Samantha Partington, Freelancer

In today's Freelancer in Focus, Samantha Partington talks about the perseverance required by freelancers to find exclusives without the support of a national brand, discusses the impact of her work on mortgage switching penalties and reveals the lengths she would go to in a curry making challenge.
Samantha Partington, Freelancer

What do you freelance about?

Personal finance and lifestyle.

Do you specialise in any particular areas?    

Mortgages, property and the housing market.

Are you happy doing corporate work?

Yes, I work for Hometrack, a company owned by Zoopla that specialises in property data and clever automated tools for banks and building societies. My work is on their website. I also write thought leadership pieces and blogs that appear in the trade press. I’ve also worked with Simplify the national conveyancing group to produce newsletters and write content for their in-house mag.

How can PRs help you with your work?    

Check in from time to time to see if I need any help, send relevant press releases, flag topics they think may be of interest and if I do a Twitter (X) shout out for something, only reply if it’s relevant.

Tell us about the pieces of work you’re most proud of, or any recent highlights?    

I recently worked on a story for rounding up 13 lenders’ rules on locking into a mortgage deal but being able to switch away if rates fell before the deal kicked in. I uncovered that one bank would charge the borrower a full early repayment penalty if they changed their mind, even though the deal had yet to take effect. My relentless pressure and hard line that they would become the story resulted in a U turn and they scrapped the policy potentially saving borrowers tens of thousands of pounds. I still got a great story but did some good in the process.

When you’re telling a story, what’s the most important thing to remember?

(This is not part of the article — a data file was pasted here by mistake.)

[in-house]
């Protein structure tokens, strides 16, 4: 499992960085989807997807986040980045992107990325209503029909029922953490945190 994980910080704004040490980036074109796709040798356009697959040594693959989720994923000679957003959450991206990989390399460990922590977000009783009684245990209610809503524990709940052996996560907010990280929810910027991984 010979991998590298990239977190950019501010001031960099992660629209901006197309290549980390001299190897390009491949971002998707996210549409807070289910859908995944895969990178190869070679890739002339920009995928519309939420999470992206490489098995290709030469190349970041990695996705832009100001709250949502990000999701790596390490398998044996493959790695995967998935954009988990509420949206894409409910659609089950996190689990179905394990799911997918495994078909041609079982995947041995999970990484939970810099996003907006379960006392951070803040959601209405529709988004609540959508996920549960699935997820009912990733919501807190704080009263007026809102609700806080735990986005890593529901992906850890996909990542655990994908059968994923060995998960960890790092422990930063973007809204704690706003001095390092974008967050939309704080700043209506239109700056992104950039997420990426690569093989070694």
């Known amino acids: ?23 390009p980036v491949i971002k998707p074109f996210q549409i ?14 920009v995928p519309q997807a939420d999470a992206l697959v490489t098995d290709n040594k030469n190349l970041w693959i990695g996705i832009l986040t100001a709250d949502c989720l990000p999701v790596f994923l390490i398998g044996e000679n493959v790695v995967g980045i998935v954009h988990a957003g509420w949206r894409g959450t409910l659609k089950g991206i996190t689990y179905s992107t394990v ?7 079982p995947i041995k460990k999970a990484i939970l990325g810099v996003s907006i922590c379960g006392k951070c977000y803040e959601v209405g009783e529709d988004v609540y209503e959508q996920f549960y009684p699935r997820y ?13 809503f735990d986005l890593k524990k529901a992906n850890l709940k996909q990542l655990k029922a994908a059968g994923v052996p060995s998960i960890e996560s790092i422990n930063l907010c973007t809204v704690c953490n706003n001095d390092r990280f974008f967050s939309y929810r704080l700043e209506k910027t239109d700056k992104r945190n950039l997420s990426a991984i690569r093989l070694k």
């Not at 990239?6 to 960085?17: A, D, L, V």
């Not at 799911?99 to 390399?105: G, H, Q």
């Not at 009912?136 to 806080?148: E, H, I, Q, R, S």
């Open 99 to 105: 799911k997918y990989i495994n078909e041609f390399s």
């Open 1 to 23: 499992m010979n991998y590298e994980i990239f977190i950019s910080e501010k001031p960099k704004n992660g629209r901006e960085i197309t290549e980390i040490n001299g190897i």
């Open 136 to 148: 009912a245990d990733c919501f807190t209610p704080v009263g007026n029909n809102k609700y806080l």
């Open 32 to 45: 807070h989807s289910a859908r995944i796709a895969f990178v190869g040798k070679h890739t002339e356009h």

Who is my reader and why do they care. 

Congratulations on your success at the 2023 Headlinemoney Awards! How did you feel when you were announced as the winner?

Amazing. I was up against journalists who have the support of a national desk. I’m on my own, finding exclusives to win pitches, which is no mean feat without a national brand behind you.

Why are peer-judged awards such as the Headlinemoney Awards important to freelancers?    

They are a hard bunch to impress so winning their approval means a lot.

What advice would you give to a new freelance journalist?   

Don’t get overwhelmed trying to write for lots of titles. Pick one or two and give them your loyalty and support and they’ll eventually give it back. Use LinkedIn to find corporate work – literally just put a shout out to say you’re looking for opportunities. And keep doing it. It only takes one to get people referring you. 

Sum up your time as a financial journalist in three words:

Freedom, rewarding, stressful (at times).

If you were up for an award for any hobbies/activities outside of work, what would you be likely to win, and why?

Amateur curry maker – no recipe is too big or complicated to take on, I’m fully prepared to destroy my kitchen in the process and I make enough to feed an army.

Finally, if you had to eat one meal for the rest of your life, what would it be?

Funnily enough – a lamb curry of some sort but one someone else is making. I can’t do those dishes for the rest of my life. 

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